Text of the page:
Justin Faulk can’t be blamed for the Carolina Hurricanes’ bad loss Tuesday against the Toronto Maple Leafs.
The Canes were embarrassed 8-1 by the Leafs at Air Canada Centre, so there was much blame to be shared. Asked why he didn’t lift goaltender Scott Darling during the road game, Canes coach Bill Peters said the beatdown was more about the 18 other players in the lineup than the starting goalie.
But for Faulk, it was another rough game in a season in which the defenseman has had too many, that to this point has been the most challenging of his career.
After scoring 17 goals last season – a Hurricanes’ record for a defenseman and second among NHL D-men – Faulk has one. A year ago, he had seven goals and nine assists in the first 33 games. This year: one goal, six assists.
Faulk, a three-time NHL All-Star, is upfront in rating his play, summing it by saying, “Probably not that great.”
Why the lack of scoring?
“It happens,” Faulk said. “I’ve been through it before, although maybe it wasn’t as noticeable because it wasn’t at the beginning of the year. Two years ago I had 12 goals in the first 35 games and finished with 16. I’ve been in situations somewhat like this before, although maybe not as much overall.”
Faulk has the heaviest shot on the team but is not finding the net, at even strength or on the power play.
It’s not that he’s lost any velocity on the shot, Faulk said. It’s not that teams are playing him any differently this season.
Faulk has 90 shots on goal – only forwards Jeff Skinner (127) and Sebastian Aho (94) have more. But he has had 75 attempts blocked, a team high and 20 more than Skinner.
“You’ve got to keep playing and not necessarily change much,” Faulk said. “Sometimes, you can get in a panic mode if things aren’t going well. You start changing things and start trying to do some things, and that might just get in your head more than it needs to to be.”
Faulk said the responsibility of being a team co-captain with Jordan Staal hasn’t gotten in his head. It’s not that he’s pressing, he said, as if trying to prove he deserves wearing the “C” this season after being an alternate captain last season.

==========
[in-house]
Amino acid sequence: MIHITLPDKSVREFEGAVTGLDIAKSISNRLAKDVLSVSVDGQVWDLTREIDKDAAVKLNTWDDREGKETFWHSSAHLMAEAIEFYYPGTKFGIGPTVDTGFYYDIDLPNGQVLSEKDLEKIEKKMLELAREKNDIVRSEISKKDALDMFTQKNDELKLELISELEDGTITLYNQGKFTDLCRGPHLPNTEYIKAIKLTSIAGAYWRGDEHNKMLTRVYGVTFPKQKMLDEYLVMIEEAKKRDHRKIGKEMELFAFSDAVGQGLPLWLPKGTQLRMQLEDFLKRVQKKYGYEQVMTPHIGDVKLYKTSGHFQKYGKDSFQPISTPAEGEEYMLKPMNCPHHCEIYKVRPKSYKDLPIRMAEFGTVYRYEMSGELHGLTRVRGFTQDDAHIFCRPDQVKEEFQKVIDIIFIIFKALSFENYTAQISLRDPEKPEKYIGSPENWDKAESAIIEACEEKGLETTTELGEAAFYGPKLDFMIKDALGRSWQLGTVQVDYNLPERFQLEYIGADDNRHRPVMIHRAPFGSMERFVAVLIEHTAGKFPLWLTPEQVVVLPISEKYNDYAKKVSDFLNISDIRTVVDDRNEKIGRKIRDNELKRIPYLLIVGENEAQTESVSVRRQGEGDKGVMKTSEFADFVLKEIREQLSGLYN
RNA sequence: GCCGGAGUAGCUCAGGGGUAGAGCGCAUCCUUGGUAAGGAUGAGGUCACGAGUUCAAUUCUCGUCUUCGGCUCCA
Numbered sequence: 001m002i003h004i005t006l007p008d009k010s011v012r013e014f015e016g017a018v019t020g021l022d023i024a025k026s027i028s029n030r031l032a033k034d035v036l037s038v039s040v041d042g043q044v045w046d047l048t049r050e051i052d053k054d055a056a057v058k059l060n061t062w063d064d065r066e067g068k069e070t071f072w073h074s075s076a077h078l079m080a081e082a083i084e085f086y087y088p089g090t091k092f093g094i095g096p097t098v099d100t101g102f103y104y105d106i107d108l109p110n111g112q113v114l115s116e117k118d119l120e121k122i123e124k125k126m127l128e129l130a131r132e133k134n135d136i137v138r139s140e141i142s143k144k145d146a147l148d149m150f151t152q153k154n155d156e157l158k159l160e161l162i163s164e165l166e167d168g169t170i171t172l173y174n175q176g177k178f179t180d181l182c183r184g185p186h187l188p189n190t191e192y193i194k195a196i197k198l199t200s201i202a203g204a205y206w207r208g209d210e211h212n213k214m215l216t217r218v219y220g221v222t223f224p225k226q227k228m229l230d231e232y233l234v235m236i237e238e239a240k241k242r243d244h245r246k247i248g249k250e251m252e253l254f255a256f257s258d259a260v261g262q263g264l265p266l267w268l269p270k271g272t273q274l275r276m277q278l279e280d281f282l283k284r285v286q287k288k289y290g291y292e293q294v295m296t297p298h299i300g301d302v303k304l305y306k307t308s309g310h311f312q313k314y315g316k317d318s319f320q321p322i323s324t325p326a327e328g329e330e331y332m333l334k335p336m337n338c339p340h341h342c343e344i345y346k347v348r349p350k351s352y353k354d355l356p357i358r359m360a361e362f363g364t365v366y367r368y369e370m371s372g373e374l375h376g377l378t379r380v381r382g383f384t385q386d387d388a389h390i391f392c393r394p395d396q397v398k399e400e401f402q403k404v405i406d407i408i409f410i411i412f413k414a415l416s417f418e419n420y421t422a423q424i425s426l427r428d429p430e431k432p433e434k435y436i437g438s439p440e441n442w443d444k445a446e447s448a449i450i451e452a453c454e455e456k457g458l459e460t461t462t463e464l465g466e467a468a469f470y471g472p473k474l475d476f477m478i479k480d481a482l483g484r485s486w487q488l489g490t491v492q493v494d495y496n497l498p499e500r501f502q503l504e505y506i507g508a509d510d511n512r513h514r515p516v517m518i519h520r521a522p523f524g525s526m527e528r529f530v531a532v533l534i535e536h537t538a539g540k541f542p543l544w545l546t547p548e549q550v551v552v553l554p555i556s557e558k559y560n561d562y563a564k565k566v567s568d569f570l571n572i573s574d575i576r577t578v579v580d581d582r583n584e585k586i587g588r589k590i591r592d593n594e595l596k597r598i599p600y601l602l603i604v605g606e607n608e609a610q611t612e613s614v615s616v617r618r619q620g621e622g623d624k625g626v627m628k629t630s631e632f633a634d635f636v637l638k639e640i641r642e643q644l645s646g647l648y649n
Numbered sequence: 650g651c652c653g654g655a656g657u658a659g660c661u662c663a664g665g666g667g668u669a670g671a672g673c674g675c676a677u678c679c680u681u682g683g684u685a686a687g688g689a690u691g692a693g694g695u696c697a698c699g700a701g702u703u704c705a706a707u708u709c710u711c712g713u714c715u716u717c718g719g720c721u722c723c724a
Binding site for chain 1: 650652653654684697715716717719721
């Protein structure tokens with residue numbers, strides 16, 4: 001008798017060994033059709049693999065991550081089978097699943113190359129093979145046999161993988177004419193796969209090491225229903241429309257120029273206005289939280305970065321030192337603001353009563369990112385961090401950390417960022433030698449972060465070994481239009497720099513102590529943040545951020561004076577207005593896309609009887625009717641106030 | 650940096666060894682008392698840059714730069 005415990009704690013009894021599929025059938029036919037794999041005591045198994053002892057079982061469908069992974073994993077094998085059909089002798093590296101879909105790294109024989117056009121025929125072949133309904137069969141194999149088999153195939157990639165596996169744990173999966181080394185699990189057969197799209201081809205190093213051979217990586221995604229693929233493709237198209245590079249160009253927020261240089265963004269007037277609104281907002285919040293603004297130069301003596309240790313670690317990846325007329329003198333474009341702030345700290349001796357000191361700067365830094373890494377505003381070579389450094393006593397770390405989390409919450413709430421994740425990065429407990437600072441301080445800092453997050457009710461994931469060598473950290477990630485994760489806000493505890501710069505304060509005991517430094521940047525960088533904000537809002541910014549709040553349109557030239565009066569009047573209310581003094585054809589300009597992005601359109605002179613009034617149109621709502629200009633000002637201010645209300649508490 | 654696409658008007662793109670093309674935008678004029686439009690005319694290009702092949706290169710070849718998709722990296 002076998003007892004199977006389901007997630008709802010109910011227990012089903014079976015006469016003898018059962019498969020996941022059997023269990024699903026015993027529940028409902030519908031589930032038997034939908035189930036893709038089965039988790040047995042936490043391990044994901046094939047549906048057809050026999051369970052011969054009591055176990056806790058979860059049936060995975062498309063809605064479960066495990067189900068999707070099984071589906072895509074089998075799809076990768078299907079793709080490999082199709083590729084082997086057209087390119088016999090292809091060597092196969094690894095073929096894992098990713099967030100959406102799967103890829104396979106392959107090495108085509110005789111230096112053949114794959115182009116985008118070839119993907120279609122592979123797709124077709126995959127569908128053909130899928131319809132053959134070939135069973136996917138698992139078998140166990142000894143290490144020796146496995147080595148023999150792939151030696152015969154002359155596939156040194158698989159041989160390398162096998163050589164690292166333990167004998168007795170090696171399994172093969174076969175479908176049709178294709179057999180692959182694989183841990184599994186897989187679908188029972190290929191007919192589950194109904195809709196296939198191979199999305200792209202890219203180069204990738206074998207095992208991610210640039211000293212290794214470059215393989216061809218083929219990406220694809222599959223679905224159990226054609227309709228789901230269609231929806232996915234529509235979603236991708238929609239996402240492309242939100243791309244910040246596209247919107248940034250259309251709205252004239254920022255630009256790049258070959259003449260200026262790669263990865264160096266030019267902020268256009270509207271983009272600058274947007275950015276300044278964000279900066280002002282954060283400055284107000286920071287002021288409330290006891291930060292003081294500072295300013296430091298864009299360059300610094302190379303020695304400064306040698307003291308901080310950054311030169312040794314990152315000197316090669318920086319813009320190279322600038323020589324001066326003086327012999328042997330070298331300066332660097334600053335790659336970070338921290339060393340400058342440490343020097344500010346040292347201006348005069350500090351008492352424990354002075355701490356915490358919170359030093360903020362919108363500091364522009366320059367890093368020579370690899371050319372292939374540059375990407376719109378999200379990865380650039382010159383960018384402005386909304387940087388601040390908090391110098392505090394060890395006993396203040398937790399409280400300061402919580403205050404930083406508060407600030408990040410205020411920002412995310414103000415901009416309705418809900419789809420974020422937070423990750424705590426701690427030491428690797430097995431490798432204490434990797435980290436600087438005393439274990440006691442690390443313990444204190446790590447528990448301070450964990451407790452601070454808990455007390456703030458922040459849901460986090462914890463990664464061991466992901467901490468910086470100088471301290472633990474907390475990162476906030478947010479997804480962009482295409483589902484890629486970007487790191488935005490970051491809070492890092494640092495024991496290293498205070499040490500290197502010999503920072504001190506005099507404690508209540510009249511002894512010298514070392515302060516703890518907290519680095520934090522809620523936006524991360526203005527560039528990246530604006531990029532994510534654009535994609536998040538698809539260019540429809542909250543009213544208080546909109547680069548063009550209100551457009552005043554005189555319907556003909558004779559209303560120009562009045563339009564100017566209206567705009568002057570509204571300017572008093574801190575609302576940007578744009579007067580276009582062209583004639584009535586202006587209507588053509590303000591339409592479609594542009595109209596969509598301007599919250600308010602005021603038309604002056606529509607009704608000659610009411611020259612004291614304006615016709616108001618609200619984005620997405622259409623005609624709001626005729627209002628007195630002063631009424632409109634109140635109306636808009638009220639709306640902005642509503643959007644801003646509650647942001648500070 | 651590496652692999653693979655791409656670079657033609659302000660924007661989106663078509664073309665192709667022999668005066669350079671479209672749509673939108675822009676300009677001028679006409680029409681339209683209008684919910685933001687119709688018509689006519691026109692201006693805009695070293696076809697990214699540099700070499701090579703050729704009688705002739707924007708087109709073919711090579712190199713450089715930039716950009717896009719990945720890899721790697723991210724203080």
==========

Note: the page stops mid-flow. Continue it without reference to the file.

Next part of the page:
“It’s not a whole lot different,” he said of his role. “We had guys step up last year and talk, and we have to have that again this year. I’m not doing much different. I wasn’t shy last year about standing up and saying what I think we need to do, and I’m definitely not this year, either.”
Peters has done what he can to get Faulk going. He recently used Faulk in a shootout against the Vegas Golden Knights, although that didn’t work. The Canes also have moved Faulk around on the power play, trying to get him in positions more like 2015-16, when he set an NHL record by scoring his first 12 goals on the power play.
“We’ve got to get him off the schneid a little bit,” Peters said. “He’s getting better looks. Hopefully that’s a good sign of things to come.”
But Faulk’s struggles this season haven’t all been about not producing offensively. He has had his problems in the defensive zone, as have others in the Canes’ touted D corps.
Faulk has had various defensive partners, including rookie Haydn Fleury. But the veteran, in his seventh NHL season, has made his own share of costly mistakes, as well.
“If you’re not scoring or you’re not contributing much offensively, you’ve got to make sure you’re not giving anything up,” Peters said.
Faulk said he would look to work his way out of his personal slump, at least offensively, by being more aggressive with the puck. Skate with it a little more, hold on to it a little more.
“That’s generally when I’m at my best, when I’m trying to make a play and make a difference with the puck,” he said.
Faulk can be a difference-maker. The Canes need him to be one.